we're talking about someone that has feces all over their counter top.   his parents probably had to install floor drains in every room just so they could pay a biohaz team to go in and hose the entire house down once a week.

 

the fat fug is literally so greasy you wouldn't even have to lube his buttcheeks up before you slid a fat cock in his ass

 

fuging ned beaty looking fuger



#99 PhillyB

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Posted 28 June 2013 - 05:36 PM

here's the custom bar i'm building in my den/man cave. it's not done but i'm getting pretty close

 

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#100 Porn Shop Clerk

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Posted 28 June 2013 - 05:42 PM

alice's bar is made out of centuries old cypress logs pull out of the swamp that is his ass



#101 Doc Holiday

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Posted 28 June 2013 - 05:45 PM

1. A clean person trying to scrub everything clean from grout will usually wear it out there first, so not as noticeable as when the tile chips, but even you are furthering the big point, sealant almost always fails. So thanks for agreeing

2. I said "he probably used" sanded grout, which meant to say he probably used the wrong ground for that size joint, once again agreeing with me since you have some reading comprehension issues.

3. Although moisture barrier is required, this is a tiny expense that any reputable installer would do, As you pointed out earlier, sealant will fail, it's a travertine of limestone super porous stone counter with 10 times the grout lines as opposed to a 12x12 tile. So yes, while not code, while not absolutely required, did you notice the particle board cabinets? So you have a super porous stone tile, 10 times the grout lines, and a cheap cabinet that will fall apart even with one time of wetting. Not necessary, but the $5 of tar paper and 10 minutes extra work would be done by anyone reputable! I used those same cheap cabinets in my apartments and one leak under the sink expands the particle board and causes it to warp and fail.

Now you're just arguing to argue and anything I say is going to be wrong so whatevs!

Tar paper for tile grout? GTFO before you look more dumb(if that's even possible at this point), I mean that's just fuging out there dumb, if a "con"tractor told you that you got ripped off, the latex additive that I talked about is what people use, it cost an extra $30 per 50sq but does the trick.

 

I've never once heard or have ever seen someone use anything like tar paper in any kind of tile work, it's never happened, not once not ever.

 

go to Lowes right now and ask them about it, please go I'm begging because you will not fuging find it, because it doesn't fuging exist.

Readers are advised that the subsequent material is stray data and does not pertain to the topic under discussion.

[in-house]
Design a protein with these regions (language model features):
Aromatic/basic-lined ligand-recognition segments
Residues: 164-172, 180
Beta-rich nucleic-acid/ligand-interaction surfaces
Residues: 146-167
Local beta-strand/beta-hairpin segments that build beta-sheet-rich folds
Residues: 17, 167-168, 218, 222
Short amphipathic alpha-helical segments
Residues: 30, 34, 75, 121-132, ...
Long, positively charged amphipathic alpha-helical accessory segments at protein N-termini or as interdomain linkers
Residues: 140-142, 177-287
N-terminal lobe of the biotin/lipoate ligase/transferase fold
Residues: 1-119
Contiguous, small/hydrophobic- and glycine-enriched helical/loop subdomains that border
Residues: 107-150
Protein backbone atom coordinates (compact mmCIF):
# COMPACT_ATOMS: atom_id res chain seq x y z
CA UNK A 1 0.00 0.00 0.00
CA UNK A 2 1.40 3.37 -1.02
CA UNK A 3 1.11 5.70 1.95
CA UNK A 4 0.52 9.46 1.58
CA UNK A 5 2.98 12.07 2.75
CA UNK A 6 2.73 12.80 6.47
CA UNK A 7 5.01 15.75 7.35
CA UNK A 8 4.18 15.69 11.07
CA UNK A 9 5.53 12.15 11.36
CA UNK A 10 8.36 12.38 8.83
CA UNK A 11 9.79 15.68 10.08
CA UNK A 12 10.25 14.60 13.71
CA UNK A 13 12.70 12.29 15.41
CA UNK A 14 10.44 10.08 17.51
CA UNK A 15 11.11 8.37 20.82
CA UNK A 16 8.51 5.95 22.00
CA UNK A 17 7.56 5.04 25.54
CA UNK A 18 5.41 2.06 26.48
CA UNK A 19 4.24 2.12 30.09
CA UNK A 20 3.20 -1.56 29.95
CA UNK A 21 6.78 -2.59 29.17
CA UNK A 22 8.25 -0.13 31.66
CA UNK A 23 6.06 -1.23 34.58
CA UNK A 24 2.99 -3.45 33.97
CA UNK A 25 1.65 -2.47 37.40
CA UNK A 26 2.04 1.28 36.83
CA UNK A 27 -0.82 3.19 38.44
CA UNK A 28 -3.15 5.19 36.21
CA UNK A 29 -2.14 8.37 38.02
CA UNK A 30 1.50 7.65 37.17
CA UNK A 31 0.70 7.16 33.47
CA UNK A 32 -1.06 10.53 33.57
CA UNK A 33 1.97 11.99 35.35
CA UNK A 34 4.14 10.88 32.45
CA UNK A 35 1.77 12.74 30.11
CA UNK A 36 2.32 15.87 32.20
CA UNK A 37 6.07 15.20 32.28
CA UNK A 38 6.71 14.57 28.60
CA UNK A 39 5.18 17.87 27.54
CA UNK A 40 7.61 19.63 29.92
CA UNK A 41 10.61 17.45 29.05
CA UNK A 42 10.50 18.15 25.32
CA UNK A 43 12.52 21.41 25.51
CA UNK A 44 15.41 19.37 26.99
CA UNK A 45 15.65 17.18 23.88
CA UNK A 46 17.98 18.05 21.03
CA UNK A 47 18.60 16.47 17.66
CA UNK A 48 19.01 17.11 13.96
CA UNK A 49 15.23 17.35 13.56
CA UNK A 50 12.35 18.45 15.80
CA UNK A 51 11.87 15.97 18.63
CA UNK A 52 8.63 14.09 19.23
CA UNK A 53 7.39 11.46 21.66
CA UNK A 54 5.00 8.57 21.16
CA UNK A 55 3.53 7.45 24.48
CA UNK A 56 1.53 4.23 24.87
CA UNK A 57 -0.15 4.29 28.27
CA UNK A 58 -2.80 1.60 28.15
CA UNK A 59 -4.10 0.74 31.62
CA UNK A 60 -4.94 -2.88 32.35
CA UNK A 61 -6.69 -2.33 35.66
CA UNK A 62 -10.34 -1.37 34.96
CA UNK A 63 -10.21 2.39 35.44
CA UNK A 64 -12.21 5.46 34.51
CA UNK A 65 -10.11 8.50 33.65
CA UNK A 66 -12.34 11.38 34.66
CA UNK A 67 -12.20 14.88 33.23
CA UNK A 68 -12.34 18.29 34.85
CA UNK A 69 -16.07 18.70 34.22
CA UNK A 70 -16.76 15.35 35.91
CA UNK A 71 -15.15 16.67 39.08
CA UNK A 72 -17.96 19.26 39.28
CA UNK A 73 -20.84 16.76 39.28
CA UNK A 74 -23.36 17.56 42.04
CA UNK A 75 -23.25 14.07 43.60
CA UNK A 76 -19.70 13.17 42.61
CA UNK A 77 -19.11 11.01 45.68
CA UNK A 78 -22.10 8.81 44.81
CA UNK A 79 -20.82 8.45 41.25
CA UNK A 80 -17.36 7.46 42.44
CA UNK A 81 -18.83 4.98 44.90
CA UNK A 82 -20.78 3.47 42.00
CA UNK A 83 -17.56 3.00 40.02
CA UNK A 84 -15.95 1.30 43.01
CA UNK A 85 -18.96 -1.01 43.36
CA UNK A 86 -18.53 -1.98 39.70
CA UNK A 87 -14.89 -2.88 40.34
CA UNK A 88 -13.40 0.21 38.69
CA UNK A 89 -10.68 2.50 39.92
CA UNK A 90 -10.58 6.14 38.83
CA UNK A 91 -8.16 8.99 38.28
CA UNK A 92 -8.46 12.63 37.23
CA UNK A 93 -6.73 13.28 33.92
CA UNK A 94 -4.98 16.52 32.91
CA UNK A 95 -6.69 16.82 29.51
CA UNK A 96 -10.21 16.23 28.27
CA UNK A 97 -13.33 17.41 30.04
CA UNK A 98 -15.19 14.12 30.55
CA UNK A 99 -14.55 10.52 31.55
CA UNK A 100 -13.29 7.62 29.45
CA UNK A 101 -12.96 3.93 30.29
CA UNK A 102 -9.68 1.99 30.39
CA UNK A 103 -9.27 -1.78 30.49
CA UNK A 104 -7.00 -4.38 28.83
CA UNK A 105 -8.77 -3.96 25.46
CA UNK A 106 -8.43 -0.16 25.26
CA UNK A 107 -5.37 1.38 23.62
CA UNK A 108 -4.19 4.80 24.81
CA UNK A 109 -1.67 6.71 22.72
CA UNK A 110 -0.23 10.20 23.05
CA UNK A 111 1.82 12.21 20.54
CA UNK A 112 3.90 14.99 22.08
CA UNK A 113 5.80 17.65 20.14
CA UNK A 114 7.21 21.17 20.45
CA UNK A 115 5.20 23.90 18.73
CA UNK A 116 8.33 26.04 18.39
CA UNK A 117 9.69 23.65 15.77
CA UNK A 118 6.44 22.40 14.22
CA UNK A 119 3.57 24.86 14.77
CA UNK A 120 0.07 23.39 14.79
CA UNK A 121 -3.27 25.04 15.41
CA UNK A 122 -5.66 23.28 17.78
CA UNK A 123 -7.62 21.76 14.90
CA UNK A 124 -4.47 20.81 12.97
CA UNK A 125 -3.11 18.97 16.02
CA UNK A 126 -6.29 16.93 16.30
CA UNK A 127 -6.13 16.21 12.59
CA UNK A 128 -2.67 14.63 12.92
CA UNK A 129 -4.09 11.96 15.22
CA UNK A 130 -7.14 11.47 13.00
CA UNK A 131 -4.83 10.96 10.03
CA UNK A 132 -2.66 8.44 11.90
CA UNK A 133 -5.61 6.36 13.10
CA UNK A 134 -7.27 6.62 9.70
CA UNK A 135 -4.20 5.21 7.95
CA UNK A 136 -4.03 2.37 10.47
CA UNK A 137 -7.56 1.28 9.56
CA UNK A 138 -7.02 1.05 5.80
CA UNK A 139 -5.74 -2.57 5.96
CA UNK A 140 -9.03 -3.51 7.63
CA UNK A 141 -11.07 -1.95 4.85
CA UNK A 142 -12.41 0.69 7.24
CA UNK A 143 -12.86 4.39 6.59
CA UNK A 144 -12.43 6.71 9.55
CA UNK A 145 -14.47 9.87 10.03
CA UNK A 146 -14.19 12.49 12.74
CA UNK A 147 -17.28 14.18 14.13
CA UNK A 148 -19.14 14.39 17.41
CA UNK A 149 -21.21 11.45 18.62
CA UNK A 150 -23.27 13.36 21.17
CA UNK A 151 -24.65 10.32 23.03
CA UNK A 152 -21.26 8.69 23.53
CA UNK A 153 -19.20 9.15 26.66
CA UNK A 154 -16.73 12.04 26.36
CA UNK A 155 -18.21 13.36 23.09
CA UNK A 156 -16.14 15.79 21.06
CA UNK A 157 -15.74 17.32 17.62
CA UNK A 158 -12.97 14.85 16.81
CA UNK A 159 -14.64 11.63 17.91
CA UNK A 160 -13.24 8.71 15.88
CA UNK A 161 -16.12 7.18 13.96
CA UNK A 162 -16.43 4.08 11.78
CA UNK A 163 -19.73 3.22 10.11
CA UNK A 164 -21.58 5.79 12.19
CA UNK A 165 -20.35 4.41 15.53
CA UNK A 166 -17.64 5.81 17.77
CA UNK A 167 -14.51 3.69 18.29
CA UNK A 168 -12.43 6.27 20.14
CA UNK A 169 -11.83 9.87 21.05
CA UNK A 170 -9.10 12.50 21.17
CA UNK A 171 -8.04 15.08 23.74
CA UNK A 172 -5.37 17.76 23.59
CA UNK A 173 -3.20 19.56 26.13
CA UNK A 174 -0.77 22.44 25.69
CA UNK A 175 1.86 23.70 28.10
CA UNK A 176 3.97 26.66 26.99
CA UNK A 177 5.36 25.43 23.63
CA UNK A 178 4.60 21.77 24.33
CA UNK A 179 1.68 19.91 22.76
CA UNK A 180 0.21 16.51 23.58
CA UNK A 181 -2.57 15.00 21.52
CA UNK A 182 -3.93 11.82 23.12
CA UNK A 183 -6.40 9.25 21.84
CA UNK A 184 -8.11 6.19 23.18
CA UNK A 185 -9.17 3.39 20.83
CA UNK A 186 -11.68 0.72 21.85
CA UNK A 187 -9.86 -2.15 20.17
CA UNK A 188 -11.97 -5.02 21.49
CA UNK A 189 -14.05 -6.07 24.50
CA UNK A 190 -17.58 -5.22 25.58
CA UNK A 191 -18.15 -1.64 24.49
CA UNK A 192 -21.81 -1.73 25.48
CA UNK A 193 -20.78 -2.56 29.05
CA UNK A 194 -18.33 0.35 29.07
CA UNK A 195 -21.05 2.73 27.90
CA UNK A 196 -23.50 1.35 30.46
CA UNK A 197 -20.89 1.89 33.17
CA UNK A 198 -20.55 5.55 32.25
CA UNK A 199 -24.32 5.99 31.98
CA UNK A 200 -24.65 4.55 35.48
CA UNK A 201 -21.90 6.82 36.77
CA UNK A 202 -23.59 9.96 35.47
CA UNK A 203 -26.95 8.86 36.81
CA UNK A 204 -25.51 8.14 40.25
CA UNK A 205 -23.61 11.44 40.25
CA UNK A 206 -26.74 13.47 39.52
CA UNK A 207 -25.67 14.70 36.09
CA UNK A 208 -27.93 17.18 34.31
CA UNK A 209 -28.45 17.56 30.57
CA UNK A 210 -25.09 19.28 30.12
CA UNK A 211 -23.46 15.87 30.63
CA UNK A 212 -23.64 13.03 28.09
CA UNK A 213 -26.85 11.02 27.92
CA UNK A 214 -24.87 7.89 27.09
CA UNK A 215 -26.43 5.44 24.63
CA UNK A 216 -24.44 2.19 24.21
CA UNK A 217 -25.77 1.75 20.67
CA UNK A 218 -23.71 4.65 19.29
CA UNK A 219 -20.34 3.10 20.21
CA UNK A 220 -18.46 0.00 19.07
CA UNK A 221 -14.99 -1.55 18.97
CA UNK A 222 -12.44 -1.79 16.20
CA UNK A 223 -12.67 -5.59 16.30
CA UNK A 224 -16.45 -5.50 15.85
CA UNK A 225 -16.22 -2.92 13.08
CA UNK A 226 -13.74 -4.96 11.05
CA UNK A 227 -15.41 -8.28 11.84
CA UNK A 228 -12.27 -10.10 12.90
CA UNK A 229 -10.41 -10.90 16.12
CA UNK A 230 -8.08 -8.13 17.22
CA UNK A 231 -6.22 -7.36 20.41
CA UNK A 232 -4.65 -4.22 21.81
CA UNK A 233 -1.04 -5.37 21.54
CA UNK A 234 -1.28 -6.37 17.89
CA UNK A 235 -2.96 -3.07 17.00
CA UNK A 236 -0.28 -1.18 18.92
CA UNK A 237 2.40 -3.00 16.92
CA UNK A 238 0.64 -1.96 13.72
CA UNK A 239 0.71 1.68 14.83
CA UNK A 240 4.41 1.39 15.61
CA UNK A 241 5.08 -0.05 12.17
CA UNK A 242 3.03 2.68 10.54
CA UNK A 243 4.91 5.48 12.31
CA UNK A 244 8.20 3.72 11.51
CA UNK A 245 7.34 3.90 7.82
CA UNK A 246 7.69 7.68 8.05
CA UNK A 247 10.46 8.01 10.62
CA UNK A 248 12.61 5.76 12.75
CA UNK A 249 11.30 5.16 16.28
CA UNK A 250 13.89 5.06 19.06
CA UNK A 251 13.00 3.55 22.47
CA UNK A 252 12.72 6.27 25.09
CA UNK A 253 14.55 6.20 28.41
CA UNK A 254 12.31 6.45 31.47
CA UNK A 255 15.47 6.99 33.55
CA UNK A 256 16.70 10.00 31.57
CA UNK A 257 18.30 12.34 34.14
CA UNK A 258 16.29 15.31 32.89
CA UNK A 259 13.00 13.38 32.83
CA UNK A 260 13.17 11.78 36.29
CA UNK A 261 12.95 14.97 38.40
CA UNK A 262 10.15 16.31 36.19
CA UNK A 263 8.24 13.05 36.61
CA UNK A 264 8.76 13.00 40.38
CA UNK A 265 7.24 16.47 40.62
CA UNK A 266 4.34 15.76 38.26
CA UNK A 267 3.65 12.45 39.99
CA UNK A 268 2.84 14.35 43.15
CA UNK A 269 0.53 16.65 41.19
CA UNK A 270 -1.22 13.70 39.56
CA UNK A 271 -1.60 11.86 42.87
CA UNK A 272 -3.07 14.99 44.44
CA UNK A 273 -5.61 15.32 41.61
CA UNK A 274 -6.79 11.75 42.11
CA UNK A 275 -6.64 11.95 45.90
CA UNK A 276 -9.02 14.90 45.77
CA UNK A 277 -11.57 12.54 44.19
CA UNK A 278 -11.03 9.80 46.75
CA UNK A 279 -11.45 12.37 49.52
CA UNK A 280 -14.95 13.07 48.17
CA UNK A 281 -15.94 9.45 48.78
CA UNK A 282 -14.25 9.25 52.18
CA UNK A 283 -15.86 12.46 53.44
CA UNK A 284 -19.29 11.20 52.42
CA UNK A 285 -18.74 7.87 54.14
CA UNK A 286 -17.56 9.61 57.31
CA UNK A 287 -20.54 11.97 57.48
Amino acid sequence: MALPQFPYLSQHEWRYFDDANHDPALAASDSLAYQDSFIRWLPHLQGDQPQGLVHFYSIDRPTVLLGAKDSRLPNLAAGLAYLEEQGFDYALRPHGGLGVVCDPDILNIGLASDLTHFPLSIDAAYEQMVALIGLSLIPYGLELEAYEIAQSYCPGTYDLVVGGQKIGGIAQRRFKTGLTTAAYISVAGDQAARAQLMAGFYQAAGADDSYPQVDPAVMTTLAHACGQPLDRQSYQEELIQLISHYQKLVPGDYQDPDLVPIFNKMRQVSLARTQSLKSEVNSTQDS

As far as the other two issues, nice attempt at a back track buddy but I can already tell his gaps on the tiles are at least 1/8 because if you know what the 1/16 looks like you would know the difference right away, so sanded grout would have worked fine. and your other point is a sad excuse for an excuse.



#102 Doc Holiday

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Posted 28 June 2013 - 05:54 PM

Alice, he put down fuging concrete tile backer board of which all brands are moisture resistant and some even completely water proof. That's more than enough moisture barrier for a fuging kitchen counter top. Unless he literally floods his entire kitchen, he's not going to get moisture damage into his cabinets. 

Yep, and for a counter top I'd say it's a little over the top but will work.

 

Concrete board, or green board as what we call it, is usually only used as a substitute for drywall in bathroom tile jobs or other places you expect high moisture, for shower areas you also have to seal it first before you tile.



#103 Floppin

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Posted 28 June 2013 - 05:57 PM

Yep, and for a counter top I'd say it's a little over the top but will work.

 

Concrete board, or green board as what we call it, is usually only used as a substitute for drywall in bathroom tile jobs or other places you expect high moisture, for shower areas you also have to seal it first before you tile.

 

Yeah, green board is an industry term. I didn't want to confuse his fatass. And yes, it's primarily used only in high moisture areas...IE in a shower/tub you would run it up to tile height, or the entire enclosure if necessary. It's sure as poo not standard on counter tops though. But yeah, you just seal it with a latex filler thin set. In shower bottoms you build an entire "pan" with rubber membrane, latex filler concrete thinset and then tile over top. 



#104 88 Bronco

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Posted 28 June 2013 - 05:59 PM

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#105 Porn Shop Clerk

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Posted 28 June 2013 - 06:00 PM

dude he totally bought a nautilus to maintain that physique, can't you tell?